Point number 2. Renewables aren’t going to work well enough to maintain the current industrial economy.

So if everyone goes vegan, or nearly-vegan, then have we solved the climate problem?

Wind and solar hybrid system

This would be the wrong conclusion to draw. Veganism—or at least a huge increase in veganism—is necessary, but not sufficient. First of all, fossil fuel use is still a huge part of the climate problem and it’s growing. If we continue burning coal, driving cars, and making so many babies, going vegan isn’t going to be nearly enough. Second, we’re going to have to replace fossil fuels anyway, and soon, because they are finite. We’re likely past the peak of oil production, and we don’t really have a replacement for fossil fuels in nearly the quantity needed to sustain our consumer society. Third, when fossil fuels decline—whether because we replace them, or because the economy collapses when they decline—climate change will worsen, because the sulfate aerosols which have heretofore been masking much of the warming effect of greenhouse gases, will drop out of the atmosphere quite quickly, while the CO2 will remain behind for centuries.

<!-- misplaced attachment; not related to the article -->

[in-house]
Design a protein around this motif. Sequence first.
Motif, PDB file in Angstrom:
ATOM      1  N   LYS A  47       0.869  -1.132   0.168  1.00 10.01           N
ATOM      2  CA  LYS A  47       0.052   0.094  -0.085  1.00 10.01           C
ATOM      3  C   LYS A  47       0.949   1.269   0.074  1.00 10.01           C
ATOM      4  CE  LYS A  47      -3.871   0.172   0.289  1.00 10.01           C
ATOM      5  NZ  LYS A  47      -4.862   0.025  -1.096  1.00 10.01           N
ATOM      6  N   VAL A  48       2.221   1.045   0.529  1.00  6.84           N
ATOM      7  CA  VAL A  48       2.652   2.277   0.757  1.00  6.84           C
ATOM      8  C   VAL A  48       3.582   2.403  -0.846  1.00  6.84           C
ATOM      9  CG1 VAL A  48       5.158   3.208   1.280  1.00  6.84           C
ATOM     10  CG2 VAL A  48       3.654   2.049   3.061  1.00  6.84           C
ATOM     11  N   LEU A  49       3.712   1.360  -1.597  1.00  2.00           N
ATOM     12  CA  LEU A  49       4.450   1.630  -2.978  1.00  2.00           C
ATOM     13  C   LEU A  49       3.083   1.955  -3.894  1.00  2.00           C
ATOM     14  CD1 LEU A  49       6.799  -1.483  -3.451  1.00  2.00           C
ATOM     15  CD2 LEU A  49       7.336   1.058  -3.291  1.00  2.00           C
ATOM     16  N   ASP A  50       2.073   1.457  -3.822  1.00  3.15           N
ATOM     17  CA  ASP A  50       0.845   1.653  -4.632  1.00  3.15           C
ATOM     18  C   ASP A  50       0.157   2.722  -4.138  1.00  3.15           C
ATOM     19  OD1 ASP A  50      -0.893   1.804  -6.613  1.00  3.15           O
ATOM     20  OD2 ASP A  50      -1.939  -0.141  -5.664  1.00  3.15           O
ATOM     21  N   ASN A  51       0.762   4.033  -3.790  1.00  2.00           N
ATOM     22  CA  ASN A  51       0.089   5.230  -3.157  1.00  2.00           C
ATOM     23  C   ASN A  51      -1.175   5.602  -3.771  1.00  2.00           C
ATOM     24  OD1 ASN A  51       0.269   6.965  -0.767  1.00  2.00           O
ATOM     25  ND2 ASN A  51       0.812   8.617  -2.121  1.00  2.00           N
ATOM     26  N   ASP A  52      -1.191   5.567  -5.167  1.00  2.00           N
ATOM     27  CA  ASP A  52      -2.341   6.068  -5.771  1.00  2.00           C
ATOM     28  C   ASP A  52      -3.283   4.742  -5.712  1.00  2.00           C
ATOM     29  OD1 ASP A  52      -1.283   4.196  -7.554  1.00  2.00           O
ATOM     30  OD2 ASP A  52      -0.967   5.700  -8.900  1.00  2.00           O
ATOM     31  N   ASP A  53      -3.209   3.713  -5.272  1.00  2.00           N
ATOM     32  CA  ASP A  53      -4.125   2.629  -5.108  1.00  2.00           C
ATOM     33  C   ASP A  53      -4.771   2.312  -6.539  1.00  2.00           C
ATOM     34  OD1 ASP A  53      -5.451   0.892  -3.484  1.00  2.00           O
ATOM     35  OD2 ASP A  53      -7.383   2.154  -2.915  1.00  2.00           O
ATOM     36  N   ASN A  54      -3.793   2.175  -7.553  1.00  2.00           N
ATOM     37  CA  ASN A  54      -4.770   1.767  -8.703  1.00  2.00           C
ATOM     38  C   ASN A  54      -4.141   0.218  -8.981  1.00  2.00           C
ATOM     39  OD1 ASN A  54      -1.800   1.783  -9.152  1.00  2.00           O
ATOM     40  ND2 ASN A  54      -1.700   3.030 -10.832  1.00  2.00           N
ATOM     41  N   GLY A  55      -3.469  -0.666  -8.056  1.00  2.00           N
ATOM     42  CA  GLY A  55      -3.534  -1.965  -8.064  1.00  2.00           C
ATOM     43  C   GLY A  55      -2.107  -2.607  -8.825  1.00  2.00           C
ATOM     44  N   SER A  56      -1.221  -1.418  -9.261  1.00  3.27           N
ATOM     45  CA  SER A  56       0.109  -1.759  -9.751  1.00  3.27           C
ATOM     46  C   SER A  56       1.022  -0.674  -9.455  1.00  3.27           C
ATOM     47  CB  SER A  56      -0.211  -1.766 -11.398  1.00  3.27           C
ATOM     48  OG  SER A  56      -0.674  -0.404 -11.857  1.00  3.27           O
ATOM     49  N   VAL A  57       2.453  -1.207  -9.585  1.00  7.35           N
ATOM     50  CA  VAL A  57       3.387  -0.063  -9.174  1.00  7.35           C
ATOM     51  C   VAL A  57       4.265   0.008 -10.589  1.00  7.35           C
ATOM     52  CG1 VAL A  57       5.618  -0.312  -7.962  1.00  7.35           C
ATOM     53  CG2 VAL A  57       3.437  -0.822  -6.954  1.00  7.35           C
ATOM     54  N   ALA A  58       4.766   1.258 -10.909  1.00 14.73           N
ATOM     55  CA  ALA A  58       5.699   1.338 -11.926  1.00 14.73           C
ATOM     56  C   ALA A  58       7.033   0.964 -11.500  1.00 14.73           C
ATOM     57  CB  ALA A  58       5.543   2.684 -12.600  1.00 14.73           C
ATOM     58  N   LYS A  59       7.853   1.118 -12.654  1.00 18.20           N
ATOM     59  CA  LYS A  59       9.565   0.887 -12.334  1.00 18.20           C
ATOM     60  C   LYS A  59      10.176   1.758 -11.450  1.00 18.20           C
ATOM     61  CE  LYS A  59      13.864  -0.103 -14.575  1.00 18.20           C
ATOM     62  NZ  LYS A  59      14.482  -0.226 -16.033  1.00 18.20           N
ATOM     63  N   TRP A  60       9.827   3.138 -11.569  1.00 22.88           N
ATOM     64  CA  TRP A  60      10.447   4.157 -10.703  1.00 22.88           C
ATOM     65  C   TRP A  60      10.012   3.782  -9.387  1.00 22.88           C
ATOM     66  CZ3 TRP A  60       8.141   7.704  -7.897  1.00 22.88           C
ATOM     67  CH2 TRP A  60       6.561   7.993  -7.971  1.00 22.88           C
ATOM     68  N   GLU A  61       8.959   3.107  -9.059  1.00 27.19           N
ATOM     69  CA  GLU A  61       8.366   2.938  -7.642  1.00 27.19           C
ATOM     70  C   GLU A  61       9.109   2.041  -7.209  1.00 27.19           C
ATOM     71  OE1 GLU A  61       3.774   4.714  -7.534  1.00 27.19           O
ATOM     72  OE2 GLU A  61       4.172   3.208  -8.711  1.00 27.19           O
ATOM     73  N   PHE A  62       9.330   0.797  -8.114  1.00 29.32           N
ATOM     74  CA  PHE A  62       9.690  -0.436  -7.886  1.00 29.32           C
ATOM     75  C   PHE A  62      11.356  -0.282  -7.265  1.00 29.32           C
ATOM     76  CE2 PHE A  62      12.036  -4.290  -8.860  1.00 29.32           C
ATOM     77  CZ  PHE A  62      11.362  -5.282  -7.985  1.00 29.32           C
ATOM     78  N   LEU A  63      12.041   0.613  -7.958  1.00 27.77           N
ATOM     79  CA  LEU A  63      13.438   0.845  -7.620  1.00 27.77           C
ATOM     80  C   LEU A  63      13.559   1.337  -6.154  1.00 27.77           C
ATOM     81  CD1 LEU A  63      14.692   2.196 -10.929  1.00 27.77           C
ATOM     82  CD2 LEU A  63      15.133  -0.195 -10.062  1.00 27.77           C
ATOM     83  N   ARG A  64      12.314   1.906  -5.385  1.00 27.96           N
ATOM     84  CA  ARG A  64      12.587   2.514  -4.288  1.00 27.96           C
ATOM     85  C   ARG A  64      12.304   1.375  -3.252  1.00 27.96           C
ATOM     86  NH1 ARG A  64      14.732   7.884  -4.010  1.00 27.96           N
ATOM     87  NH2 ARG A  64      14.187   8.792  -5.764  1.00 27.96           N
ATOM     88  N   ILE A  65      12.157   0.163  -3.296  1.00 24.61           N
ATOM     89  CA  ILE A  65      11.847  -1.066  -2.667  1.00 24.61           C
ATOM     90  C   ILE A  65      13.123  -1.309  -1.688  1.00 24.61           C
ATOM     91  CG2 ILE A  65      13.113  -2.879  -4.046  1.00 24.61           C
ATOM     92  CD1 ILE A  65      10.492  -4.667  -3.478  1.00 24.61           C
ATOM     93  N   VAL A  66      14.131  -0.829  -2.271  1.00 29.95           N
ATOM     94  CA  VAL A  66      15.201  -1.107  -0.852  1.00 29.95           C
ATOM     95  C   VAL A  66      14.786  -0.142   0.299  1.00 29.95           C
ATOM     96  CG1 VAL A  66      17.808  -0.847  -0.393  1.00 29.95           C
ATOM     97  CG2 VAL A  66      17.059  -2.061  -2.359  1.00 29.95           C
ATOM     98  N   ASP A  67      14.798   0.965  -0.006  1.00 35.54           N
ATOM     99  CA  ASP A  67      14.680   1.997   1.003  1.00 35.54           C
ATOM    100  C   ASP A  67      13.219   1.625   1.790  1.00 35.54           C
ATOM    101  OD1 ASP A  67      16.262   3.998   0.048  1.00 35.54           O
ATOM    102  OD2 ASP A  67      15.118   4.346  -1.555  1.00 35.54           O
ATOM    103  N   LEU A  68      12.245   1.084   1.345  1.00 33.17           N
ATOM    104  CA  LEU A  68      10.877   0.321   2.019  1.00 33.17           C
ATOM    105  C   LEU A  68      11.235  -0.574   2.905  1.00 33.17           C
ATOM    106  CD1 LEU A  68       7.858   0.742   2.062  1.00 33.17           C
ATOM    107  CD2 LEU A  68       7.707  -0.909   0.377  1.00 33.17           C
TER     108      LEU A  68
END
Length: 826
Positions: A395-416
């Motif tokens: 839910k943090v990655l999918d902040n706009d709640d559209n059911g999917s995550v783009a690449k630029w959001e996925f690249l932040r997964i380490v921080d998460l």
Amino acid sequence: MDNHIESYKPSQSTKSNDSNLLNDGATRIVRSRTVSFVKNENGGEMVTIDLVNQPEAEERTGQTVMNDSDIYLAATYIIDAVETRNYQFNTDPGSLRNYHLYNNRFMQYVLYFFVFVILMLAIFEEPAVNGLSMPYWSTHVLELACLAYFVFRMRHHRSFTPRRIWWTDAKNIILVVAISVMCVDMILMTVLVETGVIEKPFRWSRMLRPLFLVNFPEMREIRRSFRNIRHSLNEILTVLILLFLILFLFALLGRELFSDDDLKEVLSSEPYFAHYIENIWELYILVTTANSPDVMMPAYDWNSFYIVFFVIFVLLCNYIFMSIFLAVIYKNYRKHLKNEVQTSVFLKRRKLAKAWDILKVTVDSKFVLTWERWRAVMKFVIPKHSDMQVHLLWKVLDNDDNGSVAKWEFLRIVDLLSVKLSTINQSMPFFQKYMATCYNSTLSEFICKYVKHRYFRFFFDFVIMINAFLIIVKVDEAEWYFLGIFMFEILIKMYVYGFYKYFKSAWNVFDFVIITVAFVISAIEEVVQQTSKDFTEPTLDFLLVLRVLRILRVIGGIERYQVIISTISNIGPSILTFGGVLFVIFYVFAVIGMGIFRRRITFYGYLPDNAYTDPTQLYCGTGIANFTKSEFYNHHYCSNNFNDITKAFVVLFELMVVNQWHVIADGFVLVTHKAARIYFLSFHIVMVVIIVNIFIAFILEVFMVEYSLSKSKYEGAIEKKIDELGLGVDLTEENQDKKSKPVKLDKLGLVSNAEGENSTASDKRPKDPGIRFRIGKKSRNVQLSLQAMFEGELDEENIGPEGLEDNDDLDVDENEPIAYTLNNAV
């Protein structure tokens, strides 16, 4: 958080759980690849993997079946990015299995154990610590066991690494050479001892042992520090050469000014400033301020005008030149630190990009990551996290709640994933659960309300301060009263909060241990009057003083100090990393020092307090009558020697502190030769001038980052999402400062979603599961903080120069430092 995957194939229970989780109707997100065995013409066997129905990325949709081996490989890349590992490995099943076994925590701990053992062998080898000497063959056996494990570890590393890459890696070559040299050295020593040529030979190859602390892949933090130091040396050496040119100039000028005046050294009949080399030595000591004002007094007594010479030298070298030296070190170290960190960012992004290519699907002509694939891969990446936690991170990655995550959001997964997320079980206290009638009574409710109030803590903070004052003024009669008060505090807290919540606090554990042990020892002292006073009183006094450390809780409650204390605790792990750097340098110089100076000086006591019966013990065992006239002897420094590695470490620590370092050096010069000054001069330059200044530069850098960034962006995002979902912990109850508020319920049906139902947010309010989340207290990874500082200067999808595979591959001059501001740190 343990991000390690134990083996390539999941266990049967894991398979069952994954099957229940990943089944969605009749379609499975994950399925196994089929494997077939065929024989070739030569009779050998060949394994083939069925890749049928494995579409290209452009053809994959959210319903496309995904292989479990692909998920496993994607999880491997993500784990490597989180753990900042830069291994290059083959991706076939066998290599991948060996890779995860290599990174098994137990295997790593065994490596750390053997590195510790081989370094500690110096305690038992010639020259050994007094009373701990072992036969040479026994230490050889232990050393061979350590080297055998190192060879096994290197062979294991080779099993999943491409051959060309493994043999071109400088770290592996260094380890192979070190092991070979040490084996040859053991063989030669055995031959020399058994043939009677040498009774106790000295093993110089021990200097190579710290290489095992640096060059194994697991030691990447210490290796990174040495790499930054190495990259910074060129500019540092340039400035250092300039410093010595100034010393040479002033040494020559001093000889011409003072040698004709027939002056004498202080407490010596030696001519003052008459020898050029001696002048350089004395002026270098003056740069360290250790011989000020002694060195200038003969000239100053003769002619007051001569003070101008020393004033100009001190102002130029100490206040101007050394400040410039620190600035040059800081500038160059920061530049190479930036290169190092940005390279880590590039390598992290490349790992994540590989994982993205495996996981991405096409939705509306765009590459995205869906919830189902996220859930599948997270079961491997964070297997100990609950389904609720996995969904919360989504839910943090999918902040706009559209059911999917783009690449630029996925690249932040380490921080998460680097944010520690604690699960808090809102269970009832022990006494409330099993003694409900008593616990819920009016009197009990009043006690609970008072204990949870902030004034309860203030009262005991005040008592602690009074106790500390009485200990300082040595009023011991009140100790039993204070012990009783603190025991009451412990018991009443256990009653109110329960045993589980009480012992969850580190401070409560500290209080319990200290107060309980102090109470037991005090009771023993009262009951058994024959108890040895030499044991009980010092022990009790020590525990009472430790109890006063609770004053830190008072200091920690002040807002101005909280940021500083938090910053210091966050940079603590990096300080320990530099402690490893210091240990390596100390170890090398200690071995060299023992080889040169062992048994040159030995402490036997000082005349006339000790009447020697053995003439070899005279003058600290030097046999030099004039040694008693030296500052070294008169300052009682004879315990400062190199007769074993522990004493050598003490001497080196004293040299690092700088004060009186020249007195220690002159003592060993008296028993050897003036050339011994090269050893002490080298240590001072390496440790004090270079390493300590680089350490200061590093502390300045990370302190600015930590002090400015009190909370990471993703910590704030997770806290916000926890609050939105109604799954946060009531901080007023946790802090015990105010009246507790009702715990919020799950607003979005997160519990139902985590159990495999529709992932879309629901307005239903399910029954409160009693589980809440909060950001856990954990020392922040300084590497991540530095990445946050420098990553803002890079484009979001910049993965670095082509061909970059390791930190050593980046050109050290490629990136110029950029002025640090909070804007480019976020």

Everyone assumes that renewable energy will solve the crisis, but renewable energy has many problems. See Alice Friedemann’s Life After Fossil Fuels, the debate between Christopher Clack et al. and Mark Jacobson, Gail Tverberg’s blog “Our Finite World,” the recent book and movie Bright Green Lies, and Megan Siebert at the “Real Green New Deal” web site. These problems include intermittency and storage, infrastructure issues, providing industrial heat, shortages of rare earth minerals, declining EROEI (“energy return on energy invested”), and political issues in the rather massive changes in lifestyle made necessary by the foregoing. None of these problems are fatal, and they all need to be discussed further. But they all chip away at the EROEI of renewables, meaning that at the end of the day we will have drastically less energy to power our society. The current industrial economy will end and we will live in a completely different world.